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The Cave Lion (Panthera spelaea and Panthera fossilis)

Canada GrizzlyClaws Offline
Canine Expert
( This post was last modified: 12-04-2017, 05:31 AM by GrizzlyClaws )

The genetic proof is absolutely conclusive, since the morphological study has misdirected people so many times.

Although I am more inclined toward Dr. Ross Barnett's stance, but we shall remain more observant and to see more evidence coming out later.
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Netherlands peter Offline
Expert & Researcher
( This post was last modified: 12-04-2017, 09:35 AM by peter )

(12-04-2017, 12:26 AM)tigerluver Wrote: Panthera atrox in South America?

A new paper was just published stating that a fossil pantherine of South America, known as P. onca mesembrina, has been misidentified at least a few times. The true identity of this cat they assert is Panthera atrox. Their assertion is based on morphological similarities of the specimen to P. atrox rather than the jaguar. The skull they reference is the best example of their point. The paper.

*This image is copyright of its original author

*This image is copyright of its original author

Take a look at the above photos. Which species does the skull in the top photo looks most similar too? Based on visibility of the incisive foramina and the nasal shape, the authors conclude that the skull is actually of P. atrox.

At first take, the logic looks good. However, Dr. Ross Barnett disagrees, mentioning on twitter that cats of these areas have been DNA tested and shown to be jaguar. He cited this paper

The authors in a way already had a response built into the paper to such a rebuttal, stating that the ancient jaguar and American lion would have shared the domain. So what does everyone think? Is this skull of a jaguar or an American lion?


Based on the shape and relative length of the nasals (a), the shape and relative width of the rostrum (b) and the transisiton from the maxillary bone to the arches ©, I would get to Panthera leo.


Based on the skulls I saw, I'd say that jaguars are closer to lions and leopards than to tigers. Of these three (Panthera leo, Panthera onca and Panthera pardus), however, jaguar skulls show more features typical for tiger skulls.


I remember a discussion on another forum quite some years ago. The discussion was about the Americas, lions, jaguars and evolution and it started with a very old skull attributed to Panthera atrox. I participated, but to a degree only.

My feeling was not everything was known about the two big cats in the Americas (referring to Panthera leo and Panthera onca). 

I know there was a split in Panthera a long time ago. Based on the skulls I saw, my guess is tigers split first. They're different from the other three species (not counting P. uncia for now), whereas the other three (P. leo, P. onca and P. pardus) seem to be related.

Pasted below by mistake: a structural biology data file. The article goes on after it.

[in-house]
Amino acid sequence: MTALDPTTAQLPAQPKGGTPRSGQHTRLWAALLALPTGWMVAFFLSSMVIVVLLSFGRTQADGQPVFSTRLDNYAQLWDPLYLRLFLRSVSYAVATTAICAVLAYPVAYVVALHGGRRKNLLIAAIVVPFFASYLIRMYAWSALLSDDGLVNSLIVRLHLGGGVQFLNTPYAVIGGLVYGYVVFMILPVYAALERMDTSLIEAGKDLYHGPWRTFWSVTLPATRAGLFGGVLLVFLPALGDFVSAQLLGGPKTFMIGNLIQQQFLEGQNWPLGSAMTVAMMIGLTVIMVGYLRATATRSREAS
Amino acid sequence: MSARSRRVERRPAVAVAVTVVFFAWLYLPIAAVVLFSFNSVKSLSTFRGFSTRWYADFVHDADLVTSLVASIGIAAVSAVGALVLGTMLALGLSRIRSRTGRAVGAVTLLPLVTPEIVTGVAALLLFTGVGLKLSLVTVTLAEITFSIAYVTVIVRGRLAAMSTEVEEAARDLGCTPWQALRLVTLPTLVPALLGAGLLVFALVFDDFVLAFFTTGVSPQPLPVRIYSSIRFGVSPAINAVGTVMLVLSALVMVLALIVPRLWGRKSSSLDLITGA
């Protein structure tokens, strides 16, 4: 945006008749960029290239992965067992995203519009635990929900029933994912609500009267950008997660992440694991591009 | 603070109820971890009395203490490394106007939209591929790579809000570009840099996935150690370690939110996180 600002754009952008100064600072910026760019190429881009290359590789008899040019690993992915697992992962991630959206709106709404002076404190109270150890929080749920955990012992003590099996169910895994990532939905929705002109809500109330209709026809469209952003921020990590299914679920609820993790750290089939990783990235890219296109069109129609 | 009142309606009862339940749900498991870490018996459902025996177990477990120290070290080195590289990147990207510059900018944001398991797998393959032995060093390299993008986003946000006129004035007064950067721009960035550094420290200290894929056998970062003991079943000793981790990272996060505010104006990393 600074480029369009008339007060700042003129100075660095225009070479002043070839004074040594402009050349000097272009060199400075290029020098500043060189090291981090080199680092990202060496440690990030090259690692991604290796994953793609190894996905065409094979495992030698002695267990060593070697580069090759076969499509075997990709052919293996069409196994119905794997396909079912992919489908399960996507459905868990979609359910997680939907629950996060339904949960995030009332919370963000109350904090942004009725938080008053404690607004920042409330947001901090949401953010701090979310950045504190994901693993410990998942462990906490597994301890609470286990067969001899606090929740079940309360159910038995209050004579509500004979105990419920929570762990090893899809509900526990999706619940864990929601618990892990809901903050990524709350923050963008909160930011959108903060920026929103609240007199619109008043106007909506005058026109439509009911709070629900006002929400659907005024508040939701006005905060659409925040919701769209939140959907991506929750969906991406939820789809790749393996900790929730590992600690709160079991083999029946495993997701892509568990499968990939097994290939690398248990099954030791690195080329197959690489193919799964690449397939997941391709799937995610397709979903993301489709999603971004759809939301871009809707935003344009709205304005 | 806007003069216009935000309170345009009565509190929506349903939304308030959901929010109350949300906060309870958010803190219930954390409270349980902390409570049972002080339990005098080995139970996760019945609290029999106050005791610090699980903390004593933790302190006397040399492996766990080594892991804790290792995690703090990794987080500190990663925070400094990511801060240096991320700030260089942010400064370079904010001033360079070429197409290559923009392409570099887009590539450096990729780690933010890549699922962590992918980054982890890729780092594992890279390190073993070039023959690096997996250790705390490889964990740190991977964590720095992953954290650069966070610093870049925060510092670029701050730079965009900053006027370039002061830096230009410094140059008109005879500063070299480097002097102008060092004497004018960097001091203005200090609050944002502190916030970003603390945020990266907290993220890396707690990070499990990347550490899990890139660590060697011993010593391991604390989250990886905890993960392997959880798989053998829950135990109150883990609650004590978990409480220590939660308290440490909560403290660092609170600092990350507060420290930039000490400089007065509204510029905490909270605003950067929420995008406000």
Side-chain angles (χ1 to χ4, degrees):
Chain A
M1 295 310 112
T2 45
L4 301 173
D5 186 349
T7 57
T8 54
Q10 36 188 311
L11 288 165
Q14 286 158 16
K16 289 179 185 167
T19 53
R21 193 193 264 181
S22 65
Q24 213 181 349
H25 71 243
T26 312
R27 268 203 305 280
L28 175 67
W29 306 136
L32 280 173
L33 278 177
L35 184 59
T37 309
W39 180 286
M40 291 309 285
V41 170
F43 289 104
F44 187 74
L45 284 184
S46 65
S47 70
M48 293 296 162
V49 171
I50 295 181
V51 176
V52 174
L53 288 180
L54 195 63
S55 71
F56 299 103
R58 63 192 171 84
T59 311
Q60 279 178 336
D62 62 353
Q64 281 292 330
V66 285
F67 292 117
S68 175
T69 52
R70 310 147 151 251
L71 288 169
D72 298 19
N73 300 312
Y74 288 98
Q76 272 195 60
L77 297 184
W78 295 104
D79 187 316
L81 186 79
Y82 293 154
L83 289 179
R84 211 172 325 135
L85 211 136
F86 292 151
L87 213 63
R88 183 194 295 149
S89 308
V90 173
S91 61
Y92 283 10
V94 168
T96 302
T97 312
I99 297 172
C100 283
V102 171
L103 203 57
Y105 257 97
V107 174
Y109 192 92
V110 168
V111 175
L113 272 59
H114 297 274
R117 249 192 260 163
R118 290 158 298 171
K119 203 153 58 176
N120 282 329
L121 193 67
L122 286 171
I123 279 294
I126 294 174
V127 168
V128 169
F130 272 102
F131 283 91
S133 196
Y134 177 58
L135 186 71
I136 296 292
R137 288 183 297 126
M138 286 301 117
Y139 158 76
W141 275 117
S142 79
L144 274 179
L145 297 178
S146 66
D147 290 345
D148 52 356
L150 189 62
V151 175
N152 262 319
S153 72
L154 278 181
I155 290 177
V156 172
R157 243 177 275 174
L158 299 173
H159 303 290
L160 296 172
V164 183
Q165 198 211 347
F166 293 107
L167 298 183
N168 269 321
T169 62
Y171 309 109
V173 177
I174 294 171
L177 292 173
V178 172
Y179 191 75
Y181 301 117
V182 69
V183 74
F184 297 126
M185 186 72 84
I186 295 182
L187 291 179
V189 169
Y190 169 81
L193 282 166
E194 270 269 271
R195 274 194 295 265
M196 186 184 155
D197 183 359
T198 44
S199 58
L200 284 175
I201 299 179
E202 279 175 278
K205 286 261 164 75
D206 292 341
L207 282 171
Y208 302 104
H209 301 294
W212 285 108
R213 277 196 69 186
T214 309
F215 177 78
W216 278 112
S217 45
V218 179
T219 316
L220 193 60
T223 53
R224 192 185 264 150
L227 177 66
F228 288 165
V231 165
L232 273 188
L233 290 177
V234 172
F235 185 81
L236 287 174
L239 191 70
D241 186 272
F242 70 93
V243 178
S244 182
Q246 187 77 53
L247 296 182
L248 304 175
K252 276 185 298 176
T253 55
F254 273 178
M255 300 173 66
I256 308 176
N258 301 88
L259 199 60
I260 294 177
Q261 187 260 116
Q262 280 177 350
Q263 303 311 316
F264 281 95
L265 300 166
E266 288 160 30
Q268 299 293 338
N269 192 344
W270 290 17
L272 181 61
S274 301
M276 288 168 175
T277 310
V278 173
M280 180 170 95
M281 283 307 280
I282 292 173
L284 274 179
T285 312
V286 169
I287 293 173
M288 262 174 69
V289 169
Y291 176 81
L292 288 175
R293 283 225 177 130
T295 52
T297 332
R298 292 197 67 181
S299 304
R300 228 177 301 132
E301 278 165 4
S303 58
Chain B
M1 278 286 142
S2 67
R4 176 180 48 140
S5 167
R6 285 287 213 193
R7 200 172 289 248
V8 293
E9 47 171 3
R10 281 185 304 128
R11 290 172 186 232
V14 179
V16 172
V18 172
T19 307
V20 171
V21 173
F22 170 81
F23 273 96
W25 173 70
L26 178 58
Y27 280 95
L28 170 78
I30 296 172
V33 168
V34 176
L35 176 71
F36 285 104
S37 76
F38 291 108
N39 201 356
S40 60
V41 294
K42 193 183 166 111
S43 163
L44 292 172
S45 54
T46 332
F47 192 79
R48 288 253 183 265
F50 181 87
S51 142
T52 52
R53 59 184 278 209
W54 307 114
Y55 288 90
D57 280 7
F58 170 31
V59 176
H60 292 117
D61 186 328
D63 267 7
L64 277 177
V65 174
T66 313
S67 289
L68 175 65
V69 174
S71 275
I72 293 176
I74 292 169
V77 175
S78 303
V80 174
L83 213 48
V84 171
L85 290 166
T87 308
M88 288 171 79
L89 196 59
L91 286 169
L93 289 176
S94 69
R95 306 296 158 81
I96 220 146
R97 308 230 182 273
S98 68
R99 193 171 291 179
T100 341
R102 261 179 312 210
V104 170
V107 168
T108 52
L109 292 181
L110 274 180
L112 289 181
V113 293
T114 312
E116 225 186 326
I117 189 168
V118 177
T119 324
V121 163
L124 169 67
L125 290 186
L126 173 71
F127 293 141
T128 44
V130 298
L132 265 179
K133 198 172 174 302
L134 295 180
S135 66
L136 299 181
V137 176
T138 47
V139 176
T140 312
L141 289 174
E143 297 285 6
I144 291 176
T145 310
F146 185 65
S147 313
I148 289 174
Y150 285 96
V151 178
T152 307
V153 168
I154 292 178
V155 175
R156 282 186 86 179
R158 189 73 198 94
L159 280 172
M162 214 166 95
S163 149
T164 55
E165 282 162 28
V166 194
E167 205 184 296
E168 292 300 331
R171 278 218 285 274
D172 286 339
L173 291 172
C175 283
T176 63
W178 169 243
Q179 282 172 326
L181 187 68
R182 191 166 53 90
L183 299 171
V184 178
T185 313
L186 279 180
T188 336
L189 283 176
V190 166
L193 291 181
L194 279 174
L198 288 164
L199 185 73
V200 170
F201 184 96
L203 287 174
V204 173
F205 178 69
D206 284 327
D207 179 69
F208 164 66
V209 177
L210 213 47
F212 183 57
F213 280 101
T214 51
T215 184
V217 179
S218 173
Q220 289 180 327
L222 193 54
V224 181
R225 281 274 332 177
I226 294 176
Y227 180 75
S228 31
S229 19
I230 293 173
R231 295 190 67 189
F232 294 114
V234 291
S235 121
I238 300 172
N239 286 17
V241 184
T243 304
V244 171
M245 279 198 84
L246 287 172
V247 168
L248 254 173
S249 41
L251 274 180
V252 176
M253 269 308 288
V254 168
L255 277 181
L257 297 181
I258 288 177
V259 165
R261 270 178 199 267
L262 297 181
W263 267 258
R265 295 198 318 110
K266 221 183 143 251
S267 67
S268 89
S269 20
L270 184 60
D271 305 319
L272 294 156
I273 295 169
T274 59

Of these three species, lions could be crucial. Their way of life offered many opportunities. When they spread out, they met no opposition. Not in the open landscapes they preferred. 

Leopards adapted to woodland and elevated regions, but jaguars seem to be typical forest cats. I always wondered about the robustness of jaguars, as they mostly hunt smallish animals. In South-America, there are no large herbivores in the forests. Not any more, I mean. Jaguars didn't quite adapt. In a way, they seem to be overpowered. Why is that?

My guess was (referring to the discussion mentioned above), that they're relatively new. Did they migrate from Europe? Lions could and did cross Berengia and settled in the northern part of the Americas, but solitary big cats struggled to cross Berengia. This means that lions should have been the only representative of Panthera in the Americas. But they're not. So where did jaguars come from?

The only logical explanation I could find back then was they have to be related to Panthera atrox. When the climate changed in the Americas and big herbivores started to disappear, lions had to adapt. Maybe prides were replaced by small groups first and maybe some individuals started living on their own later. Maybe the conditions in the northern part of the Americas were too difficult to survive and maybe the conditions in the south offered more opportunities. Over time, individuals in the south adapted to forest life and water.


The scenario discussed above can explain why jaguars of large size only occur in regions where the forest is less dense (Venezuela, the Pantanal and a few other regions): open woodland offers more opportunities for large herbivores and those who hunt them would be able to maintain a large size. 

This scenario however still doesn't explain the robustness typical for jaguars. So what is the reason?

My feeling is that jaguars are big cats that had to scale down over time in order to survive. The question is where the scaling down started. Did Panthera onca develop in Europe and split a long time ago, or did they develop from a population of Panthera atrox in the southern part of North-America? 

Skulls can help to a degree. Jaguar skulls are closer to Panthera tigris and Panthera leo than to Panthera pardus. My take is they're closer to Panthera leo. Maybe the features in jaguar skulls also seen in tiger skulls are a result of adaptation to forest life.
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Venezuela epaiva Online
( This post was last modified: 12-11-2017, 10:28 PM by epaiva )

Skull and head of European cave Lion taken from the book The Big Cats and their fossil relatives (Alan Turner and Mauricio Anton)

*This image is copyright of its original author
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